LM: When I graduated from law school, I was singularly focused on learning how to be a good lawyer and building my subject matter expertise as a transactional, merger and acquisitions, and corporate lawyer. And frankly, that was absolutely the right thing to do because it’s hard to progress in the legal profession without being technically sound in your legal practice. However, I believe the best general counsel and senior in-house leaders are the ones that have a broad range of experiences across a variety of legal disciplines and not just deep expertise in one or two areas of law.

BL: Why do you think the number of Black general counsel has been on the rise? Have you observed any changes in the past few years that have contributed to recent increases in representation?

LM: I think there has been an increase in the pipeline of ready-now candidates to be general counsel, enhanced in part by organizations that are providing development opportunities. For example, I participated in the Minority Corporate Counsel Association’s Next Gen General Counsel Summit program, which is an in-depth leadership development program focused solely on preparing diverse senior in-house lawyers for the general counsel role. The program’s faculty is comprised of current or recently retired general counsel of Fortune 1000 companies and partners at executive recruiting firms.

Additionally, there is an increased recognition by companies, chief executive officers, and boards of directors regarding the value of building diverse executive teams and how that can drive more profitable business growth.

BL: When you’re looking to hire outside counsel, how does diversity come into play in your evaluation of law firms?

LM: Law firms are businesses and their business model dictates that the rainmakers are the revenue generators and thus are more highly compensated and have more influence in their management structure. In instances when I am hiring a new firm, I make every effort to identify a diverse partner as the “relationship partner” to allow origination credit. I find when a diverse partner is lead, they tend to assemble diverse teams to work on matters. In instances when the relationship partner is already in place, we ask for our firms to consider diversity in the teams that work on our matters. If we want to continue to see the pipeline of diverse lawyers improve in the legal profession, it’s not just a recruiting issue—it’s also an issue of retention, engagement, and development. Most in-house lawyers have some experience in a law firm and as a result, law firms are [some] of the best training grounds for future in-house leaders.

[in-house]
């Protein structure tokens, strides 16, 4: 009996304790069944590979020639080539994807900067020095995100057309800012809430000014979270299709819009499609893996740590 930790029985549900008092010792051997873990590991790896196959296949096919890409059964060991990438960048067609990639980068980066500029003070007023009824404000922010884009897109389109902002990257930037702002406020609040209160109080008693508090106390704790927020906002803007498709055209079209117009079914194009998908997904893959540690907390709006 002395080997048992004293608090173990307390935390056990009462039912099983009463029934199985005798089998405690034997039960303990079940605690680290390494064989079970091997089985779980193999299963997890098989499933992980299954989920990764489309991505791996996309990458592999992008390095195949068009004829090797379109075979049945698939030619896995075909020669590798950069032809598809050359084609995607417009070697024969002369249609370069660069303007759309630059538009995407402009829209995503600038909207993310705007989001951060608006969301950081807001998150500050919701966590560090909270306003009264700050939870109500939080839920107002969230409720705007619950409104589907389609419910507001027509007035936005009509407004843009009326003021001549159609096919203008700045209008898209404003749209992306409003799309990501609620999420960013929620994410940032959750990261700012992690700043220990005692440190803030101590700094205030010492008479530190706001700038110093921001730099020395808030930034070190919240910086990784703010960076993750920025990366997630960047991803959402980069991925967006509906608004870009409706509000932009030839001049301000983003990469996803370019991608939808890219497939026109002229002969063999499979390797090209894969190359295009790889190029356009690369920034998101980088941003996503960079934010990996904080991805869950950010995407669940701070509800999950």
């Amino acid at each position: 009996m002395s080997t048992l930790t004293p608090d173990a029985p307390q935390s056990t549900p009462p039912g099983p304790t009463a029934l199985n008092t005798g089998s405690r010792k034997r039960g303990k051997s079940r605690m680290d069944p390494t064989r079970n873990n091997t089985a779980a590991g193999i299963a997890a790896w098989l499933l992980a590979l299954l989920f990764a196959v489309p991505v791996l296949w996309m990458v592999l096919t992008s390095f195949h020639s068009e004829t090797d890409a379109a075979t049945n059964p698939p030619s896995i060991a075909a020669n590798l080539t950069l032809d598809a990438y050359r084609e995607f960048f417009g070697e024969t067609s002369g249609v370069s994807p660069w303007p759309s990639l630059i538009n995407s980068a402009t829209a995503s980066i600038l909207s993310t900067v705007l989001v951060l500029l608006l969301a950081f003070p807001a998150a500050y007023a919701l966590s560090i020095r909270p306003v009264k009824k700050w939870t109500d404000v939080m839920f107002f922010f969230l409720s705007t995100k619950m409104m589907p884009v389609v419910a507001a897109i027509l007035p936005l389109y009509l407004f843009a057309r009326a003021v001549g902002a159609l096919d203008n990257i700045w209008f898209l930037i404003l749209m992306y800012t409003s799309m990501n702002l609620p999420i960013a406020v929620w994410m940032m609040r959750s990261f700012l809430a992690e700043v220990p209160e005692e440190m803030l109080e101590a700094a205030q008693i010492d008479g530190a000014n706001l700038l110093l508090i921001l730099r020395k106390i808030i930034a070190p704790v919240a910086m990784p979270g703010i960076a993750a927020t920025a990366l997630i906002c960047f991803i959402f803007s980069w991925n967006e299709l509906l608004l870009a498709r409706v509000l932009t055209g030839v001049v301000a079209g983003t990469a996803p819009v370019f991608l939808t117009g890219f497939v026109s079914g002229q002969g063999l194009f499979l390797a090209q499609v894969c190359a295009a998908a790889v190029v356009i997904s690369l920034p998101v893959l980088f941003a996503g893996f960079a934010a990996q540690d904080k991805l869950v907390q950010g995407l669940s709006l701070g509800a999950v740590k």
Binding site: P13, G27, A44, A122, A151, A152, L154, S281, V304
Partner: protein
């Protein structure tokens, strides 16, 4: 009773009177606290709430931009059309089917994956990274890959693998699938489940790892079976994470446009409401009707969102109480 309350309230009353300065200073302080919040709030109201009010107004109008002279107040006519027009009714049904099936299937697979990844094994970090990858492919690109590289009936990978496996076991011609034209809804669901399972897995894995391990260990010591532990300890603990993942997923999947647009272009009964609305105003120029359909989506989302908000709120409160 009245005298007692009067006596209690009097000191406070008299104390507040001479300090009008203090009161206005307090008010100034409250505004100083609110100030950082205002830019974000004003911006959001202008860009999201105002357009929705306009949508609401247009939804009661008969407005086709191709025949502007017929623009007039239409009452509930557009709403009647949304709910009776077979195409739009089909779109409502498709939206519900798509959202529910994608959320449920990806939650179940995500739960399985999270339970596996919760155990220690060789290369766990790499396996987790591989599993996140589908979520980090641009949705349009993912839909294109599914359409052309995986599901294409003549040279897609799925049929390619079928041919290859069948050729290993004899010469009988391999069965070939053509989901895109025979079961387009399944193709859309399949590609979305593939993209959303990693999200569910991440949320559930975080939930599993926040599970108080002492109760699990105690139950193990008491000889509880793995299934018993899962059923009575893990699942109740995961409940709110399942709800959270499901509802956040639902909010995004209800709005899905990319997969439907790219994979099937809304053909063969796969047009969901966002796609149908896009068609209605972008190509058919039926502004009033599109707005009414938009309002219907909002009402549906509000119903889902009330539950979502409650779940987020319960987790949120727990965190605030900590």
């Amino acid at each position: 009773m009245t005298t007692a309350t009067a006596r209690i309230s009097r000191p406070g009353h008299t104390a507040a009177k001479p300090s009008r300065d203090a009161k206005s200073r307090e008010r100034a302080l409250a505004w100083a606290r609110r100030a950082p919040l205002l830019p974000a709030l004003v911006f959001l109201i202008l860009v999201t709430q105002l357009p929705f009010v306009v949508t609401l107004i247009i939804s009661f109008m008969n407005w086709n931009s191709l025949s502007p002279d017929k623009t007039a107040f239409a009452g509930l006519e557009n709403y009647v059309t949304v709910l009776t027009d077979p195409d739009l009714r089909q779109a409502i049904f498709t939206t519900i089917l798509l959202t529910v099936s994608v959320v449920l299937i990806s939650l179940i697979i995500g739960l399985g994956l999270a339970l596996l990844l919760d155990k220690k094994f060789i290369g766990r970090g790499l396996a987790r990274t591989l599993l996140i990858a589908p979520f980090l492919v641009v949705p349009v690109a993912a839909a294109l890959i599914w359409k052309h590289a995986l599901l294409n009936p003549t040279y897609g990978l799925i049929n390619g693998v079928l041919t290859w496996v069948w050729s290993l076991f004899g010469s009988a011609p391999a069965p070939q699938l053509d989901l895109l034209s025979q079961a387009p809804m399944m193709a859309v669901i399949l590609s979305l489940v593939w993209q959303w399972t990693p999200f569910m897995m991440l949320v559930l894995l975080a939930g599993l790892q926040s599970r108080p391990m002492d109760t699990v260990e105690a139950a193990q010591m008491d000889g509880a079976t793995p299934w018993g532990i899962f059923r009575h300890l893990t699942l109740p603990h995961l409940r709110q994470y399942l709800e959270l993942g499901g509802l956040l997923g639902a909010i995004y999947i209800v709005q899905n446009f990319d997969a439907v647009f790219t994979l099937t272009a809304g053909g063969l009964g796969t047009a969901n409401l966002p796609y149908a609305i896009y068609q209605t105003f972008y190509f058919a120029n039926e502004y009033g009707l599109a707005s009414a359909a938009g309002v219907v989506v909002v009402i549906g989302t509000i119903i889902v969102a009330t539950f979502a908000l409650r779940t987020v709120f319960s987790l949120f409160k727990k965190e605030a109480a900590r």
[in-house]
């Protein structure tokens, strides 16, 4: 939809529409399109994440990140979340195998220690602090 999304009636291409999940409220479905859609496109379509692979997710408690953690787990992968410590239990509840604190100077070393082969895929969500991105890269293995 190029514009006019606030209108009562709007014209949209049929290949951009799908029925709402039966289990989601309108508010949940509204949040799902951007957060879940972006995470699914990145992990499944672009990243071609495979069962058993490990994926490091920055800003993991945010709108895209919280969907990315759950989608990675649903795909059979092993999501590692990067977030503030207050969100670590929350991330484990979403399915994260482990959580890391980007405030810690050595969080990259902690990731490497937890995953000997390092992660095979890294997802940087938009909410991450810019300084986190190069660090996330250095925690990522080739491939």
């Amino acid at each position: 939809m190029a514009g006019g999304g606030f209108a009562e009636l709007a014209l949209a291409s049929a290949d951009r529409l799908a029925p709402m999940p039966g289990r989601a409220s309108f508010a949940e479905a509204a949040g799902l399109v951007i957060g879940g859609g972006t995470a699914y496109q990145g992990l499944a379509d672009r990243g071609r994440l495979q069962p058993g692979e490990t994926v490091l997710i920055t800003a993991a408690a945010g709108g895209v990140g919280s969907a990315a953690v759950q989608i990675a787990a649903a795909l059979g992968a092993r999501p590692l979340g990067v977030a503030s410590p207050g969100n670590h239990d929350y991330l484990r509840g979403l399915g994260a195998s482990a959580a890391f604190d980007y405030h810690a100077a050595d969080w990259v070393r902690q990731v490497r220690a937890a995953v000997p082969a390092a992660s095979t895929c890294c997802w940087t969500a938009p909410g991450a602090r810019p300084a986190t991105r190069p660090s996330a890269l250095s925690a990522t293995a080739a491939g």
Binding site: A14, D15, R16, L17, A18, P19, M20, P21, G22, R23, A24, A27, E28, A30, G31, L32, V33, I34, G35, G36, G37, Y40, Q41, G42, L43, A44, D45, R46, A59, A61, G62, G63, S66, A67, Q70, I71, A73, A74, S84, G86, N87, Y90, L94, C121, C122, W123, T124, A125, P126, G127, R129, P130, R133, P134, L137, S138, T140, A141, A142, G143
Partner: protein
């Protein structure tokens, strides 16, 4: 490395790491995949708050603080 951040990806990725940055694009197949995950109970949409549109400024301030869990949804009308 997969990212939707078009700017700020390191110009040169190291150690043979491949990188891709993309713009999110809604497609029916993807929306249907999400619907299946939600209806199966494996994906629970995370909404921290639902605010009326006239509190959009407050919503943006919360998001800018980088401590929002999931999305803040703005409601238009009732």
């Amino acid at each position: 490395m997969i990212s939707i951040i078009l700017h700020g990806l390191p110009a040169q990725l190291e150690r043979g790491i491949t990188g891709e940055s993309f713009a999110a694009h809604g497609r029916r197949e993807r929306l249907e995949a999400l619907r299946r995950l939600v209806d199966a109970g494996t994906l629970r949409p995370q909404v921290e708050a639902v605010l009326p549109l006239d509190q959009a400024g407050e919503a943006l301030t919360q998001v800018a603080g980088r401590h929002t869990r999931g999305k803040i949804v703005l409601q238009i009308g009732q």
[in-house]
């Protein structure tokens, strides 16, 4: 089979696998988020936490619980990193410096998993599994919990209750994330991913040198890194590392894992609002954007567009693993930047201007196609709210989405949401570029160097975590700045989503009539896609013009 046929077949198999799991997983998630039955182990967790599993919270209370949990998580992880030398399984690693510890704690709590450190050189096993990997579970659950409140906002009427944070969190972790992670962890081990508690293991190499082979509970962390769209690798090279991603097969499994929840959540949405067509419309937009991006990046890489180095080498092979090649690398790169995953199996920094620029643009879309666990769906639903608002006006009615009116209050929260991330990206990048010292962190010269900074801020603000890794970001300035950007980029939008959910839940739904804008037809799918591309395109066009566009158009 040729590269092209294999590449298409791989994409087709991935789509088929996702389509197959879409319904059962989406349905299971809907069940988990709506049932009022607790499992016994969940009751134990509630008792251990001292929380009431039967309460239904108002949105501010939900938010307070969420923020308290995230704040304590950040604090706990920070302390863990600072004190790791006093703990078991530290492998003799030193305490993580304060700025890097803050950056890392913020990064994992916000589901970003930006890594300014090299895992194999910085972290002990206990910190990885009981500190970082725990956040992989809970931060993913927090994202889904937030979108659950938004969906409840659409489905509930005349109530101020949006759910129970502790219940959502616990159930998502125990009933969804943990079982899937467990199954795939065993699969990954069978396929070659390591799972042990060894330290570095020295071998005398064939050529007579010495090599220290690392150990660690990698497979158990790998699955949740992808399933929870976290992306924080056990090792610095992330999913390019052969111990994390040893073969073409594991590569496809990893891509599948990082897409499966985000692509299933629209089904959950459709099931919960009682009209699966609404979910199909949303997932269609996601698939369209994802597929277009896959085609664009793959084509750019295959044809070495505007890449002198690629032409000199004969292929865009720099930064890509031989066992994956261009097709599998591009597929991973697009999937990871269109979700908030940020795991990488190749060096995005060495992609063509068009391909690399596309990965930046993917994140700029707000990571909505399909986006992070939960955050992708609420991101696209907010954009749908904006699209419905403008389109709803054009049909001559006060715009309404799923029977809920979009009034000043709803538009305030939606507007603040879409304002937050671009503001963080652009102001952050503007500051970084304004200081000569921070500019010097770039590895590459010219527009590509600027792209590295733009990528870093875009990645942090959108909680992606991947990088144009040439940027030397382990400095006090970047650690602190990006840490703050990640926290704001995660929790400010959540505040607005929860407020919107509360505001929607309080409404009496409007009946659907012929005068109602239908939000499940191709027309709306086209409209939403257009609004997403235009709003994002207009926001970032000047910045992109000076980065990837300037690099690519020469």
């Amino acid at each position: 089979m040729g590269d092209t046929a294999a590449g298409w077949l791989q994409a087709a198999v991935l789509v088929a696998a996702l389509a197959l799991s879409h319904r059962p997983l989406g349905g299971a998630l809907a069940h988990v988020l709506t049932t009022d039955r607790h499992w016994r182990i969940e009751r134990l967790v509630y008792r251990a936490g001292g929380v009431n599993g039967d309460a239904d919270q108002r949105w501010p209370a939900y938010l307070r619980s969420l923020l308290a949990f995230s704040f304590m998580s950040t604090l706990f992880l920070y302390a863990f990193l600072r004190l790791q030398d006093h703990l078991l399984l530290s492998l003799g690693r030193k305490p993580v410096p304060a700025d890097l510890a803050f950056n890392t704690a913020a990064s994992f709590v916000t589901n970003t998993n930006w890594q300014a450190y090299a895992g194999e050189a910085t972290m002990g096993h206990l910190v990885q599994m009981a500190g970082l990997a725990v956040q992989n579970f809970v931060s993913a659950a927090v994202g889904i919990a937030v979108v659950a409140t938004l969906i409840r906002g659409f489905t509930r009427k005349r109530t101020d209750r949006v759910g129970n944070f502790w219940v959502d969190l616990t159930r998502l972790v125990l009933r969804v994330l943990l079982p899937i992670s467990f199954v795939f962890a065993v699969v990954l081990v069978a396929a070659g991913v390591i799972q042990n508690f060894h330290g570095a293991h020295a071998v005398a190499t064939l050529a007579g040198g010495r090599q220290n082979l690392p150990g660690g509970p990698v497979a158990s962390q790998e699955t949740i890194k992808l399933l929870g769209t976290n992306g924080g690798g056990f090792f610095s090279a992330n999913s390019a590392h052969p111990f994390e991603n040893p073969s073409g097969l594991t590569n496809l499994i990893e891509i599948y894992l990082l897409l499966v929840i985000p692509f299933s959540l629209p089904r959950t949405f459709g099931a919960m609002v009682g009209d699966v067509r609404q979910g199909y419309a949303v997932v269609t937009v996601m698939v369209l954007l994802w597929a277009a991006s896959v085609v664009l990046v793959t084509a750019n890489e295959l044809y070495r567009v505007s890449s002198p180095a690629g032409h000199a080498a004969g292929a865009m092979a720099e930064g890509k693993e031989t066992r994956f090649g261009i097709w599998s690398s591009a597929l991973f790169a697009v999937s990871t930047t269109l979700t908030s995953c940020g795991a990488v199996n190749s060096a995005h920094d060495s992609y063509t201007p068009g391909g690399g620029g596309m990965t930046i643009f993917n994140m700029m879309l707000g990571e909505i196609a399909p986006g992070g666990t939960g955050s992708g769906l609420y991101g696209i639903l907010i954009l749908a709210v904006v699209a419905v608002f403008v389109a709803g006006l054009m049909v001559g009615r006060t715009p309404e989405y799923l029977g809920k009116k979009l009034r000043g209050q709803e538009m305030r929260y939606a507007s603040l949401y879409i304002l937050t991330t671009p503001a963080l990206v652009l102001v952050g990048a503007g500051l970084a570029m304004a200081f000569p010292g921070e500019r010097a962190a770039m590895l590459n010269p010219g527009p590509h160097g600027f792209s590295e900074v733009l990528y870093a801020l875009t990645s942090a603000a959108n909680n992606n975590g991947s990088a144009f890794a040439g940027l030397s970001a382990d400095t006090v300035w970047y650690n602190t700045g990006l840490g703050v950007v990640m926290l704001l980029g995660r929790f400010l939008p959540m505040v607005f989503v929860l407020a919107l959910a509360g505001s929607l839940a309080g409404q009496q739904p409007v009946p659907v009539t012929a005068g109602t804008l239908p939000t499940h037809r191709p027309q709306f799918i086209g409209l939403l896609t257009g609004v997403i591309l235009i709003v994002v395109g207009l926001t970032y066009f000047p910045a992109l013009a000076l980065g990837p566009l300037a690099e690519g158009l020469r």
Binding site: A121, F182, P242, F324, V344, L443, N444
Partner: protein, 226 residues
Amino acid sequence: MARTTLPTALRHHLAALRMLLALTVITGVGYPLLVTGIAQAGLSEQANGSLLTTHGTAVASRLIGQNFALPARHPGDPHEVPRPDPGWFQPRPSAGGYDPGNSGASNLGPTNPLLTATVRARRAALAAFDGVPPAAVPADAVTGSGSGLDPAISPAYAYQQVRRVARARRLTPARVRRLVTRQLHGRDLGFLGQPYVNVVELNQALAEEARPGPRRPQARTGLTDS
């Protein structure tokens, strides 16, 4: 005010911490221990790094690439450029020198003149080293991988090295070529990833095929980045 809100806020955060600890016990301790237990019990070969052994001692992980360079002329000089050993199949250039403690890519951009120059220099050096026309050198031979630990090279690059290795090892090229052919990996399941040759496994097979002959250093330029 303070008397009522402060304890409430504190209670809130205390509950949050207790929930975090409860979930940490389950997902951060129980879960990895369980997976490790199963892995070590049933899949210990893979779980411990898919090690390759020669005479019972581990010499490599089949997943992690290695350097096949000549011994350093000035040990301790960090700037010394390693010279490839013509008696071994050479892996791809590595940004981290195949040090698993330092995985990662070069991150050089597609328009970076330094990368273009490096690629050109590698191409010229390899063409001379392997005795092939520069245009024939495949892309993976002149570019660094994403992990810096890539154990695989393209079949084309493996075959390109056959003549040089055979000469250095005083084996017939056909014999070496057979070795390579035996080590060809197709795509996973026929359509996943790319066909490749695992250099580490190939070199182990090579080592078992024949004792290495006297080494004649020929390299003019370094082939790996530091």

BL: What opportunities or changes has the pandemic brought to your job and your team?

LM: Because we were deemed an essential business, most of our facilities around the world stayed open throughout the pandemic. As a result, for the better part of the first half of 2020, my team focused on helping the company respond to the pandemic with the priority of keeping our associates safe around the world while also ensuring business continuity and delivering for our customers.

In some respect, the pandemic has provided us with opportunities that we hadn’t previously explored. For example, my team has been highly engaged and productive in a work-from-home environment and in some ways is more connected with our teams globally because we are deliberate about it. We are learning how to work in a virtual world and that has been the silver lining.

Questions by Ruiqi Chen and Lisa Helem.

To contact the reporter on this story: Ruiqi Chen in Washington, D.C. at

To contact the editors responsible for this story: Rebekah Mintzer at; Lisa Helem at